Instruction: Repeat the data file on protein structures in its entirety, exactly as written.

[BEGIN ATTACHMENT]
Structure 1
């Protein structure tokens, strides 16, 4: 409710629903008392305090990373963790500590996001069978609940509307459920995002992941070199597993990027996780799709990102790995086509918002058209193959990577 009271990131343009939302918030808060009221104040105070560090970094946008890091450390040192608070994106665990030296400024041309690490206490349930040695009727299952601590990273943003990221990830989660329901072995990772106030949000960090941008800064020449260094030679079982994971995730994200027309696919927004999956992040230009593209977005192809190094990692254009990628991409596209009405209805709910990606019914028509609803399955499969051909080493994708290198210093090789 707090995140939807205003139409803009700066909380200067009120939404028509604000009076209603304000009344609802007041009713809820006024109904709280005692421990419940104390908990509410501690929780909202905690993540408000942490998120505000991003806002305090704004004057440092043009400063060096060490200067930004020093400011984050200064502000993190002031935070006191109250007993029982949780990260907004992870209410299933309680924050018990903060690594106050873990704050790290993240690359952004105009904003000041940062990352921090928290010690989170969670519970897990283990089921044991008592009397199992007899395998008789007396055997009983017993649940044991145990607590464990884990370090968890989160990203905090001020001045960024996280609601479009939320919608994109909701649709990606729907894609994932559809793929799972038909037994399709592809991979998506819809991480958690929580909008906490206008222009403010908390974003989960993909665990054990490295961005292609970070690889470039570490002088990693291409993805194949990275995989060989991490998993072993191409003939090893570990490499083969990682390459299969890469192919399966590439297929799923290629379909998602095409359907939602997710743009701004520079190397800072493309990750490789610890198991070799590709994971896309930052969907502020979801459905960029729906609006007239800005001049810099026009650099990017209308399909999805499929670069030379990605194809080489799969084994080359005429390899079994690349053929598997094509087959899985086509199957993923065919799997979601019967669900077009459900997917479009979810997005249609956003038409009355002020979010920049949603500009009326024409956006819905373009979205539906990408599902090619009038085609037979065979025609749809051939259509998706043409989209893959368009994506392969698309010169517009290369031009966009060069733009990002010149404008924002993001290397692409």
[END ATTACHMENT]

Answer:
Structure 1
């Protein structure tokens, strides 16, 4: 409710629903008392305090990373963790500590996001069978609940509307459920995002992941070199597993990027996780799709990102790995086509918002058209193959990577 009271990131343009939302918030808060009221104040105070560090970094946008890091450390040192608070994106665990030296400024041309690490206490349930040695009727299952601590990273943003990221990830989660329901072995990772106030949000960090941008800064020449260094030679079982994971995730994200027309696919927004999956992040230009593209977005192809190094990692254009990628991409596209009405209805709910990606019914028509609803399955499969051909080493994708290198210093090789 707090995140939807205003139409803009700066909380200067009120939404028509604000009076209603304000009344609802007041009713809820006024109904709280005692421990419940104390908990509410501690929780909202905690993540408000942490998120505000991003806002305090704004004057440092043009400063060096060490200067930004020093400011984050200064502000993190002031935070006191109250007993029982949780990260907004992870209410299933309680924050018990903060690594106050873990704050790290993240690359952004105009904003000041940062990352921090928290010690989170969670519970897990283990089921044991008592009397199992007899395998008789007396055997009983017993649940044991145990607590464990884990370090968890989160990203905090001020001045960024996280609601479009939320919608994109909701649709990606729907894609994932559809793929799972038909037994399709592809991979998506819809991480958690929580909008906490206008222009403010908390974003989960993909665990054990490295961005292609970070690889470039570490002088990693291409993805194949990275995989060989991490998993072993191409003939090893570990490499083969990682390459299969890469192919399966590439297929799923290629379909998602095409359907939602997710743009701004520079190397800072493309990750490789610890198991070799590709994971896309930052969907502020979801459905960029729906609006007239800005001049810099026009650099990017209308399909999805499929670069030379990605194809080489799969084994080359005429390899079994690349053929598997094509087959899985086509199957993923065919799997979601019967669900077009459900997917479009979810997005249609956003038409009355002020979010920049949603500009009326024409956006819905373009979205539906990408599902090619009038085609037979065979025609749809051939259509998706043409989209893959368009994506392969698309010169517009290369031009966009060069733009990002010149404008924002993001290397692409």